Based on requests from clients - vendors of data processing platforms and products - as well as trends in popular blogs, job postings, and my own reading. Here are a few topics recently gaining strong traction (items beyond #13 were recently added)::
- The rise of data plumbing, to make big data run smoothly, safely, reliably, and fast through all "data pipes" (Internet, Intranet, in-memory, local servers, cloud, Hadoop clusters etc.), optimizing redundancy, load balance, data caching, data storage, data compression, signal extraction, data summarization and more. We bought the domain name DataPlumbing.com last week.
- The rise of the data plumber, system architect, and system analyst (a new breed of engineers and data scientists), a direct result of the rise of data plumbing
- Use of data science in unusual fields such as astrophysics, and the other way around (data science integrating techniques from these fields)
- The death of the fake data scientist
- The rise of the right-sized data (as oppose to big data). Other keywords related to this trend is "light analytics", big data diet", "data outsourcing", the re-birth of "small data". Not that big data is going away, it is indeed getting bigger every second, but many businesses are trying to leverage an increasingly smaller portion of it, rather than being lost in a (costly) ocean of unexploited data.
- Putting more intelligence (sometimes called AI or deep learning) into rudimentary big data applications (currently lacking any true statistical science) such as recommendation engines, crowdsourcing or collaborative filtering. Purpose: detecting and eliminating spam, fake profiles, fake traffic, propaganda, attacks, scams, bad recommendations and other abuses, as early as possible.
- Increased awareness of data security and protection, against computer or business hackers.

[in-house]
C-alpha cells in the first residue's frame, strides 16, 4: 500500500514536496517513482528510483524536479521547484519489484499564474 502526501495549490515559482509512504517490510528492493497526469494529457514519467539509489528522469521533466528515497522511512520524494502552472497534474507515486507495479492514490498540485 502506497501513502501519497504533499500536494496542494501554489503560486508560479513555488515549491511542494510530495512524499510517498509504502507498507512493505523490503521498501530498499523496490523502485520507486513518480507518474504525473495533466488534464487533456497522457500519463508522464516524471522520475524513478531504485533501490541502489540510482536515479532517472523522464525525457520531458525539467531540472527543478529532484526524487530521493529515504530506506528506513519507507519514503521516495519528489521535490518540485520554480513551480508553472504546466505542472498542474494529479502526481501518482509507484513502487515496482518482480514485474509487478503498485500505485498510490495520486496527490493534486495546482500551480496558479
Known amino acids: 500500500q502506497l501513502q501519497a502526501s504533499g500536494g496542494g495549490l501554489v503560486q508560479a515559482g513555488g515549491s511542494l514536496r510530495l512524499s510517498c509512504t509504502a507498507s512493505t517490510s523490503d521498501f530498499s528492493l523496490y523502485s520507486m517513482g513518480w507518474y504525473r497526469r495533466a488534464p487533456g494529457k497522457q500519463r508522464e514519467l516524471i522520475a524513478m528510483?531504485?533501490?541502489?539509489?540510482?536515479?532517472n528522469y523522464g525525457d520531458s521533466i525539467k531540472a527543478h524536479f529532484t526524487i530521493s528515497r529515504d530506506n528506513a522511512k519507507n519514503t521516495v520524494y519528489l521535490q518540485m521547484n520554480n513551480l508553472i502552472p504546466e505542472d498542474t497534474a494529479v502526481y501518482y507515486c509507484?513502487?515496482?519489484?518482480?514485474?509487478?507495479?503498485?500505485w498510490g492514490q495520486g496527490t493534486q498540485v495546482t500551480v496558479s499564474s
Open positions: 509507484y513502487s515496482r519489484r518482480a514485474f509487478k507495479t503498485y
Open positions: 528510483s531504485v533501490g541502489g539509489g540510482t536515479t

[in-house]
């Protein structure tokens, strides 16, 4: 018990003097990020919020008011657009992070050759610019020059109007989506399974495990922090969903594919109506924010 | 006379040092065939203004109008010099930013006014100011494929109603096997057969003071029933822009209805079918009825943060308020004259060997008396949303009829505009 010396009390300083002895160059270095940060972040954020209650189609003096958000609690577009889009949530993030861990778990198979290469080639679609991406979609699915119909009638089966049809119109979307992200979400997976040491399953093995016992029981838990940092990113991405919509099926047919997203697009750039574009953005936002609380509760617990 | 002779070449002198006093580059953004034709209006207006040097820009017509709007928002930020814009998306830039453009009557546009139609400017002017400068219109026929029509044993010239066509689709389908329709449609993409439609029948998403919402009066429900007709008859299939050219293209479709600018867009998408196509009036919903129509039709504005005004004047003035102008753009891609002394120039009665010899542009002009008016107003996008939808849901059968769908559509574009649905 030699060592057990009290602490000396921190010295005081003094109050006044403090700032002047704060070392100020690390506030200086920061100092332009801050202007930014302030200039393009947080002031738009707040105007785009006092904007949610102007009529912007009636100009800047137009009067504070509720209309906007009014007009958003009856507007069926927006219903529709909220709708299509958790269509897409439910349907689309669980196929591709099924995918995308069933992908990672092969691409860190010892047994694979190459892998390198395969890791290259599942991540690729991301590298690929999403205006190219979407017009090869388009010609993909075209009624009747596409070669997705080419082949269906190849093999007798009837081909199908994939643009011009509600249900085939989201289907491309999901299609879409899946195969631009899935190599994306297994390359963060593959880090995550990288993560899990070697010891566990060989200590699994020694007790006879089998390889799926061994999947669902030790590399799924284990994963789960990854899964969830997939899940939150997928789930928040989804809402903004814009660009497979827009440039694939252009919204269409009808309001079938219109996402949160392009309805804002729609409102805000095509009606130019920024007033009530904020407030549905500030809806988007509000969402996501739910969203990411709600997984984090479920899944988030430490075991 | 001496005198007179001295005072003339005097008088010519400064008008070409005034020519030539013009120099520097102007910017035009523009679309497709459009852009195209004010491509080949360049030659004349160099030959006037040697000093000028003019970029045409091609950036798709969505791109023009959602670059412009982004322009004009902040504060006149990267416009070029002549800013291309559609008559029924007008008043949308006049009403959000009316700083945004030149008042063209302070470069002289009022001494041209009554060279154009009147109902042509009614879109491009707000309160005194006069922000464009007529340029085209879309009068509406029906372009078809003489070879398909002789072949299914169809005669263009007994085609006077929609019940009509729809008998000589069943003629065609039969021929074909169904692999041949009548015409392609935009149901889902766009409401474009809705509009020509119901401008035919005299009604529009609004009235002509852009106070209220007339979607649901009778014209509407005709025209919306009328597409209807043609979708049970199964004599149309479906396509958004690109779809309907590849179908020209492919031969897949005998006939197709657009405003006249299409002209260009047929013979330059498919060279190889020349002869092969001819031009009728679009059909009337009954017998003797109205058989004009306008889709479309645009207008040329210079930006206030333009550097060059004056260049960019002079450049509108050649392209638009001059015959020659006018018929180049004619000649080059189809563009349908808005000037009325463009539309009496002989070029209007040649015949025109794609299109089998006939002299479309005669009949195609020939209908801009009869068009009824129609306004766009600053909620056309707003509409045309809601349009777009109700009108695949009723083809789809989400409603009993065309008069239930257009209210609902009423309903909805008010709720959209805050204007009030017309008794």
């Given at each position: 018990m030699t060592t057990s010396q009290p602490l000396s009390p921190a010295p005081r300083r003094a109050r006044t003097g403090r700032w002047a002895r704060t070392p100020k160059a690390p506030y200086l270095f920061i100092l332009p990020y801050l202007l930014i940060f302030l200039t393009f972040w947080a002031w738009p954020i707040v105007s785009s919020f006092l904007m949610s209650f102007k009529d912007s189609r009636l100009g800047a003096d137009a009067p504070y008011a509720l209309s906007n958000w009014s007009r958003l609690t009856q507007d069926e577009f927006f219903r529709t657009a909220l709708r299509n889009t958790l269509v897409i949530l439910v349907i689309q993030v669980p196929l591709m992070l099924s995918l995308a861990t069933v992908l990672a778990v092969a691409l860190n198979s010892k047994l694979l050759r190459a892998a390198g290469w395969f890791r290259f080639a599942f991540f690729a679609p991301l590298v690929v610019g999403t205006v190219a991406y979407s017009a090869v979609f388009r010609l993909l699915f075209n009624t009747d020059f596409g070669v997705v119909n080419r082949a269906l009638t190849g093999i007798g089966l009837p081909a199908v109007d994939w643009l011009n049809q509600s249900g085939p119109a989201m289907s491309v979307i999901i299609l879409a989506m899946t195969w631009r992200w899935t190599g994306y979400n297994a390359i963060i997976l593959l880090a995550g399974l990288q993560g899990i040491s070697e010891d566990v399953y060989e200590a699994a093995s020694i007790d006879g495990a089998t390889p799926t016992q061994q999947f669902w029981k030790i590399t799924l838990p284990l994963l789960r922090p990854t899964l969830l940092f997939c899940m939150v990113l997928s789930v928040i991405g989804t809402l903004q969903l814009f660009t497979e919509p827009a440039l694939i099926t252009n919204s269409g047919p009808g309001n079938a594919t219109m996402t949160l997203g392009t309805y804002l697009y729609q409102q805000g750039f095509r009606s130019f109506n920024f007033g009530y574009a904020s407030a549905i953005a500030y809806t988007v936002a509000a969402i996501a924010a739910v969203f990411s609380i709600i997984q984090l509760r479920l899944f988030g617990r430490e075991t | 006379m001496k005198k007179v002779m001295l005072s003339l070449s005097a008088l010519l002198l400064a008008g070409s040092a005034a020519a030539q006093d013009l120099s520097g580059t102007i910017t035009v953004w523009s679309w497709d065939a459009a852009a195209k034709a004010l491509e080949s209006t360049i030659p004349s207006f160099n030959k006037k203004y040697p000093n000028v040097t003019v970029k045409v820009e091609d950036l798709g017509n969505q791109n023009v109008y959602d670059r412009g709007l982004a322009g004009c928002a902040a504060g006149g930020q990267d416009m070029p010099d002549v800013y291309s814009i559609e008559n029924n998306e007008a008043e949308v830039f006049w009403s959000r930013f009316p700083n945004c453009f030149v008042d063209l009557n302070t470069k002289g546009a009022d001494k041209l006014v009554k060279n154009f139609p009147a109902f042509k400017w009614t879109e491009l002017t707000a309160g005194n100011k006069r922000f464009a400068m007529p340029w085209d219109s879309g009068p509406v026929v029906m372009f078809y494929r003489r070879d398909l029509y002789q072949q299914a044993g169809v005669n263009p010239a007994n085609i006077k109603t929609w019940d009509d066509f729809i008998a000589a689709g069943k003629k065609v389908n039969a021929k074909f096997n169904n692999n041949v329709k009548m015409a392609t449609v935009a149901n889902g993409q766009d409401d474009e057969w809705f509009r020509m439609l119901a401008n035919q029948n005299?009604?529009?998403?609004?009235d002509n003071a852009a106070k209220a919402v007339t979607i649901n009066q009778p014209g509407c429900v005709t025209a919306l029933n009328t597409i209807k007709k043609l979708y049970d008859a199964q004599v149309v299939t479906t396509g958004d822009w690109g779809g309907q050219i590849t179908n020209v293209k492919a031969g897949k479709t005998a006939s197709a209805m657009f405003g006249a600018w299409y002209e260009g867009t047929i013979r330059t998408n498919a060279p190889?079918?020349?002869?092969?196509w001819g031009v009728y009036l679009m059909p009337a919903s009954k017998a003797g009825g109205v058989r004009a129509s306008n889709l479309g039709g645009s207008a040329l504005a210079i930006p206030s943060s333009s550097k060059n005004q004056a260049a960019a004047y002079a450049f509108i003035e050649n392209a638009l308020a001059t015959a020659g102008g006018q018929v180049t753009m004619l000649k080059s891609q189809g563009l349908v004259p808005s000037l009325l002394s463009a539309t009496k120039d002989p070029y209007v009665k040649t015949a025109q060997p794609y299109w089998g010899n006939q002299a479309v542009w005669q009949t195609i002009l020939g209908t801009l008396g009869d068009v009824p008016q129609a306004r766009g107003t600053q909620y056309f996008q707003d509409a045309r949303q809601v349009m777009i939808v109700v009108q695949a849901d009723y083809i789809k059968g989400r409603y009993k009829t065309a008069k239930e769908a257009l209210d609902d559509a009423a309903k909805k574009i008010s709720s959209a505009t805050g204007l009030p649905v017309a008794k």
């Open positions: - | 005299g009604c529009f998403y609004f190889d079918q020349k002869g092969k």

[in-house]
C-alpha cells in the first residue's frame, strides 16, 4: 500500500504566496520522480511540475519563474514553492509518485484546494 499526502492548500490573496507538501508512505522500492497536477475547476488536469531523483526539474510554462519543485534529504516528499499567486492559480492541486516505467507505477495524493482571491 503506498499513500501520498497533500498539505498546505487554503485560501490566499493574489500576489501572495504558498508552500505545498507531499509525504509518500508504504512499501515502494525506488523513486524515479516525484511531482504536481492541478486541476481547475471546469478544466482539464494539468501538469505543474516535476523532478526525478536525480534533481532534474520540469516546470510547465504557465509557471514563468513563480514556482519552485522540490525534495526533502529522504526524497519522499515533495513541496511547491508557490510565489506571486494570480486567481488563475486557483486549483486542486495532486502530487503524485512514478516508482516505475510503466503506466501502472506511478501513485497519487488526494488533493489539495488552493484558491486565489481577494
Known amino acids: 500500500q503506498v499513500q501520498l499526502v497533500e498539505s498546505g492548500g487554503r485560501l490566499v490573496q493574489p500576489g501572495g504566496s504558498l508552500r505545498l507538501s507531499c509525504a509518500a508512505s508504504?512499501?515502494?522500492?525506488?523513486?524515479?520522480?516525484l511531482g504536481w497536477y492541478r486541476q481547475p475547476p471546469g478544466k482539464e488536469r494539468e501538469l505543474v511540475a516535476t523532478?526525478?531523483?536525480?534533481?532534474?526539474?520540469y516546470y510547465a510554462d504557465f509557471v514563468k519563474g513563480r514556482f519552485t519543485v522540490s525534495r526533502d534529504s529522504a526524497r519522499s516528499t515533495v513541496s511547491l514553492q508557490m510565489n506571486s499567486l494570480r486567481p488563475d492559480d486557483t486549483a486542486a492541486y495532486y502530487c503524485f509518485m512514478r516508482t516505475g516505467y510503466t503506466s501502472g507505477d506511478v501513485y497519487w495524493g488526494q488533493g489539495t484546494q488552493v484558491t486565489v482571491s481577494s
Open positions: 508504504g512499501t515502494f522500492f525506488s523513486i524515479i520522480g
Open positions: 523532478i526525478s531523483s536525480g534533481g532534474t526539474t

- The rise of mobile data exploitation. For instance processing billions of text messages to detect the spread of a disease or other global risks, to help design alarm systems or market the right product in real-time (via opt-in, user-customized text messages) to a walking customer in a shopping mall. Not sure that even the NSA is capable of doing it as of today. The issue is more about capturing and reacting to the right signal, rather than absorbing/digesting big data. Another trend is optimization of revenue from mobile apps, leveraging mobile app dashboards.
- The rise of the "automated statistician", in short, automated, scalable, robust analytic solutions fit for batch processing, real-time, machine-to-machine communications, and black-box analytics used by non-experts. More on this in our upcoming book, entitled data science 2.0.
- Predictive modeling without models. Operations research and mathematicians contributing to the science of predicting, bringing mathematical optimization and simulation as an alternative to delicate and mysterious statistical models.
- High performance computing (HPC) which could revolutionize the way algorithms are designed.
- Increased collaboration between government agencies worldwide to standardize data and share it, for intelligence purposes. Imagine the census bureau sharing data with the IRS. Or banks in US sharing data with security agencies in Switzerland.
- Forecasting space weather (best time / best location lo land on Mars), and natural events on Earth (volcanoes, Earthquakes, undersea weather patterns and implications to humans, when will Earth's magnetic field flip).
- Use of data science for automated content generation (including content aggregation and classification); for automated correction of student essays; data science used in court to strengthen the level of evidence - or lack of - against a defendant; for plagiarism detection; for car traffic optimization and to compute optimum routes; for identifying, selecting and keeping ideal employees; for automated IRS audits sent to taxpayers to avoid costly litigation and time wasting; for urban planning; for precision agriculture
- Measuring yield of big data or data science initiatives (that is, benefit after software and HR costs, over baseline)
- Digital health: diagnostic/treatment offered by a robot (artificial intelligence, decision trees) and/or remote doctors; digital law: same thing, with attorneys replaced by robots, at least for mundane cases or tasks. Even lawyers and doctors could have their jobs replaced by robots! This assumes that a lot of medical or legal data gets centralized, processed and made well structured for easy querying, updating and retrieval by (automated) deep learning systems.
- Analytic processes (even in batch mode) accessible from your browser anywhere on any device. Growth of analytics apps and APIs.
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